have favorite spots,
    have legs like wire,
    never seem to tire,
    are always busy,
    (watching them makes me dizzy),
    have their spats,
    gather for chats,
    never fall,
    want it all,
    never cry,
    sometimes die,
    wake with the light,
    and disappear at night.


    Bumpy butterfly,
    wizard of flight,
    over the hedge,
    out of sight.

    Bus Driver

    Bus driver, bus driver
    eyes like a bee;
    bus driver, bus driver
    stop for me.
    Bus driver, bus driver
    be on time;
    bus driver, bus driver
    I've dropped my dime.
    Bus driver, bus driver,
    get me to work;
    bus driver, bus driver,
    don't go berserk.
    Bus driver, bus driver,
    please bend the rule;
    bus driver, bus driver,
    get me to school.


    Tiger ribbons,
    cowboy deals,
    fishbowl hideouts,
    moonshine wheels.


    Inventors of tact,
    diviners of cuddly places,
    warriors of the night,
    connoisseurs of pleasure.


    Wizards of smell,
    drinkers of rhyme,
    designers of clouds,
    prodigals of time.


    Cement for sidewalks
    freeways and schools,
    skyscrapers, signatures,
    driveways and pools;
    cement for puddles
    bicycles and skates,
    walking and running
    and finding playmates;
    cement for hopscotch
    and bouncing balls high,
    cement for rockets
    on the Fourth of July.
    Sometimes it's smooth.
    Sometimes it's rough.
    We never seem to have
    enough of the stuff.
    It's no place to snooze
    or snuggle or crawl,
    and when you're running,
    you'd better not fall.
    Good old cement!
    A little more can't hurt,
    but what ever happened
    to just plain old dirt?

    Children Go to God

    Children go to God
    for stories, trumpets,
    spectacles of water,
    and holiday marble.


    Clouds make
    a very soft bed
    though sometimes
    they're like lead.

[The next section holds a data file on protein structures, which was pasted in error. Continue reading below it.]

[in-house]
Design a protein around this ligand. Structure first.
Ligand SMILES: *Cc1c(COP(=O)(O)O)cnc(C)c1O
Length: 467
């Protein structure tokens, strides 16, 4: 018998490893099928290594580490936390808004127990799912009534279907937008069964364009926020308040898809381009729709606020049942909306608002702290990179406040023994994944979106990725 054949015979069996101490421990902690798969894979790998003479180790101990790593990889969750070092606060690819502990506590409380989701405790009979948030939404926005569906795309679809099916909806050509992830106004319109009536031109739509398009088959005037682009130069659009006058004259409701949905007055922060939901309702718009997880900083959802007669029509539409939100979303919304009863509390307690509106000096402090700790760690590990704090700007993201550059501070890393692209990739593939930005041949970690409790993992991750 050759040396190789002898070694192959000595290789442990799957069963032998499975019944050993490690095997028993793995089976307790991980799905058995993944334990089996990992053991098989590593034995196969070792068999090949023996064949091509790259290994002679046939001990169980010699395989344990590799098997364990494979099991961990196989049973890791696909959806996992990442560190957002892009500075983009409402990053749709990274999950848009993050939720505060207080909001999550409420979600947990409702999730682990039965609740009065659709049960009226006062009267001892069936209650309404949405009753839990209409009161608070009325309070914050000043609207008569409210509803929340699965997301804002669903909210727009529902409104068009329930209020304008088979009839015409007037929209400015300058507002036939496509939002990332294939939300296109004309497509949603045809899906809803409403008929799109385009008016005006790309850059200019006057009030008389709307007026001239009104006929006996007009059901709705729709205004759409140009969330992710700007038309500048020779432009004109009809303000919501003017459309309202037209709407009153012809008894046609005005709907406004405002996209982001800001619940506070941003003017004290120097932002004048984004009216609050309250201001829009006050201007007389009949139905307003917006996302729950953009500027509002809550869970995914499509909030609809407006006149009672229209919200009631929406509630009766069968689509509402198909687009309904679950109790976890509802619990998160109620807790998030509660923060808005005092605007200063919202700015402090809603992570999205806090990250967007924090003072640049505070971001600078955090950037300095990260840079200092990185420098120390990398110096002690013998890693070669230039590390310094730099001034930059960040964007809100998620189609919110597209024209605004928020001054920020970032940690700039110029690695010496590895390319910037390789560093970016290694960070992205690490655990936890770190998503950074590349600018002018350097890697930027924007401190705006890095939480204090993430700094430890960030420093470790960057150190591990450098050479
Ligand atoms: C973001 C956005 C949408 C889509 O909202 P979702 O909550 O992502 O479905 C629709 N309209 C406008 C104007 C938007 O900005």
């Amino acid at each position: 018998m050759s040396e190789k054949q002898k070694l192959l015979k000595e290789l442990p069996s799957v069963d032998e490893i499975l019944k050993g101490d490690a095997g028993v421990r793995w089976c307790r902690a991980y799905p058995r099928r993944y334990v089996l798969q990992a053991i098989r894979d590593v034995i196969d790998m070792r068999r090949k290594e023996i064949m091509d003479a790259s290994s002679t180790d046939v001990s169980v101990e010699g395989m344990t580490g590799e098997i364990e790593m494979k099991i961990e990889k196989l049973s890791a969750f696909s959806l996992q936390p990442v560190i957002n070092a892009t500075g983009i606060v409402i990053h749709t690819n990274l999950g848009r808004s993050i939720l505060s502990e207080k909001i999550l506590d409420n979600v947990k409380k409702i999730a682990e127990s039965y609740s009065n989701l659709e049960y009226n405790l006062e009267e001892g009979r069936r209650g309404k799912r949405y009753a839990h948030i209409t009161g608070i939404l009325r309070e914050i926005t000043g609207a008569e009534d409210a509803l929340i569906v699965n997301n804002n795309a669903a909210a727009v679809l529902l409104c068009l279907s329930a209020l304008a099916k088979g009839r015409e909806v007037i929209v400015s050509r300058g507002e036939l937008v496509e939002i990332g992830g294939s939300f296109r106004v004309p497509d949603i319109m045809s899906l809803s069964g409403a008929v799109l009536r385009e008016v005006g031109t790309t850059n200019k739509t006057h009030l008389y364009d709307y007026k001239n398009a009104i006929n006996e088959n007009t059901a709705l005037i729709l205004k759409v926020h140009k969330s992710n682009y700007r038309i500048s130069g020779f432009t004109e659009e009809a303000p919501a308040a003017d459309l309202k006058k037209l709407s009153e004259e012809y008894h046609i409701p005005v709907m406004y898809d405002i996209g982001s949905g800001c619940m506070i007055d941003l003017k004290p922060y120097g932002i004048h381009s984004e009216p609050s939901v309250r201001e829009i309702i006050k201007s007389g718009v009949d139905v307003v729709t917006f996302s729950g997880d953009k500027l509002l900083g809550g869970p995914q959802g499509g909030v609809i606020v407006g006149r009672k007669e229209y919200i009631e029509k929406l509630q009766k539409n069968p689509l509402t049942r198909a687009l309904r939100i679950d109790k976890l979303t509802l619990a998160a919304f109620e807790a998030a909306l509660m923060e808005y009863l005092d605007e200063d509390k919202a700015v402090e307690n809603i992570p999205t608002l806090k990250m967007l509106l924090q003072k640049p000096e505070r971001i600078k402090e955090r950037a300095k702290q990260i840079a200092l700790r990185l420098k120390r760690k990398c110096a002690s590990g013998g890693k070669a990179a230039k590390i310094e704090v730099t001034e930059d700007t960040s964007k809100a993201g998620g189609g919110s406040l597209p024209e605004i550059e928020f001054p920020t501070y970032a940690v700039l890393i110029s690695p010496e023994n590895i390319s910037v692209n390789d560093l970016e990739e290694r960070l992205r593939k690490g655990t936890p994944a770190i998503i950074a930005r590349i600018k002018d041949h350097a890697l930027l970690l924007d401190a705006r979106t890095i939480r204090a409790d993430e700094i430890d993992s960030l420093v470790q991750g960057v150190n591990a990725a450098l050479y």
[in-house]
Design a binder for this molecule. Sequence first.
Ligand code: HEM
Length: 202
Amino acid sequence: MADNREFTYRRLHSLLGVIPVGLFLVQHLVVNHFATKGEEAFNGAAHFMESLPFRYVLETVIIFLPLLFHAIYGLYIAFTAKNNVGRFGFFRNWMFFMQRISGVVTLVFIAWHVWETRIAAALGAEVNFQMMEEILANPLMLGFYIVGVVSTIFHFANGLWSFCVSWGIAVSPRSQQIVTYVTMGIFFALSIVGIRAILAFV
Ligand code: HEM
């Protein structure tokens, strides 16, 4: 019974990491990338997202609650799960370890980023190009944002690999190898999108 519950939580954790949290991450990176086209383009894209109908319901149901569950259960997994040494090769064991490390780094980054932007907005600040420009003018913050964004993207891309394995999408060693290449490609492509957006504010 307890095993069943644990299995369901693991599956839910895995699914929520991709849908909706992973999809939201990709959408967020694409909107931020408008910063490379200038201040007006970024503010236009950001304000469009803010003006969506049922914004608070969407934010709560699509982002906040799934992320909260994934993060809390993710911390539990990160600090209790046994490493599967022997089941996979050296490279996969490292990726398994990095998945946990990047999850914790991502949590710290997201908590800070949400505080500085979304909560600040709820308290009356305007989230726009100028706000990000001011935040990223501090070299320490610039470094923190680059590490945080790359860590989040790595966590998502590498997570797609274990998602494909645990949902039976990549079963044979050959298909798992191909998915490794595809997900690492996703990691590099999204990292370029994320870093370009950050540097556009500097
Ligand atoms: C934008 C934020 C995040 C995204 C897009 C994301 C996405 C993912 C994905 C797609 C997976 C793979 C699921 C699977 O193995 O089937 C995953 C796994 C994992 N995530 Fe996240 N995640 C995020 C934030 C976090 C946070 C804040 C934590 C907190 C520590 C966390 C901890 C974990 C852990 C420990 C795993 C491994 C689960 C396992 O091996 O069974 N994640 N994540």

Though awfully slow,
    turn around
    and off they go.
    They're great for shade.
    I wonder where they're made.


    Coldness blinds me,
    cracks my skin,
    and plays old movies
    that make me forget
    about blood.


    Are we
    ever free
    if we can't run
    our own TV?


    Pull the cork,
    pour yourself out;
    let everyone know
    what you're all about.

    Cowboy Hat

    Down the street it comes
    dispensing white-marble dreams,
    squeezing tiresome hours
    into gift-wrapped boxes.


    Creators steal past warm beds
    and drag pleasure off
    into the night.


    Darkness I need
    for I've become a seed.

    Dread Mosquito Sound

    Like clockwork nurse
    or cooling sun
    comes dread mosquito sound
    at close of day
    to chase comfort away.


    I'm a duck
    and not very busy.
    Don't you think
    my feathers pretty?

    Dungeon Cat

    How alien
    to eat a rat.
    How precious
    the dungeon cat.

    Earth Says

    Earth says,
    "If you love me,
    leave your body with me
    when you go."

    Eating an Apple

    An interloper
    snaps stalks,
    crushes them
    and sends the juice
    streaming through glades
    down to the sea.


    set me high on your back
    and don't forget
    I'm not a sack.

    Flower by the Wayside

    "Take me with you,"
    shouted flower to traveler;
    "I too wish to see the world."
    The traveler enjoyed
    seeing and smelling the beautiful flower
    but did not stop to pick it
    and take it with him.

    Flowers are
    the nooks of life,
    the sun's eye,
    beauty's soldier,
    death's mediator,
    feeling's breath,
    our companion in the wilderness.
    Dance and sleep with them
    before you go.


    Cozy fog,
    mysterious tent,
    sometimes I wish
    you were permanent.

    Fresh-Morning Sea

    Out of my stuffy pajamas
    and off to greet
    fresh-morning sea.

    God the Parlor Guest

    God came into my parlor
    but didn't have much to say.
    I went about my business
    and God went away.


    Like a tree
    baptized in strength,
    with legs cocked,
    arms hanging from towers,
    and chest supporting the earth.

    Hills at Night

    Black breasts
    moving under the moon
    wisper their sacraments.


    Key after key!
    There sure are a lot!
    Finally the right one
    and all keys forgot.

    My Kite

    I fly my kite
    amid clouds of snow
    away from problems
    and grumbling below.


    I'm caught
    in the spokes of time
    at the laundromat
    where the air is chalky,
    mouths are made of metal,
    and windows are TVs.

    Little Baby

    Little baby
    wild and free,
    swept by kisses
    down to the sea.
    The world swims
    in your head,
    don't you think
    it's time for bed?

    Little Flower

    Flower of my dreams
    with your yellows and creams,
    "Why do feelings hurt,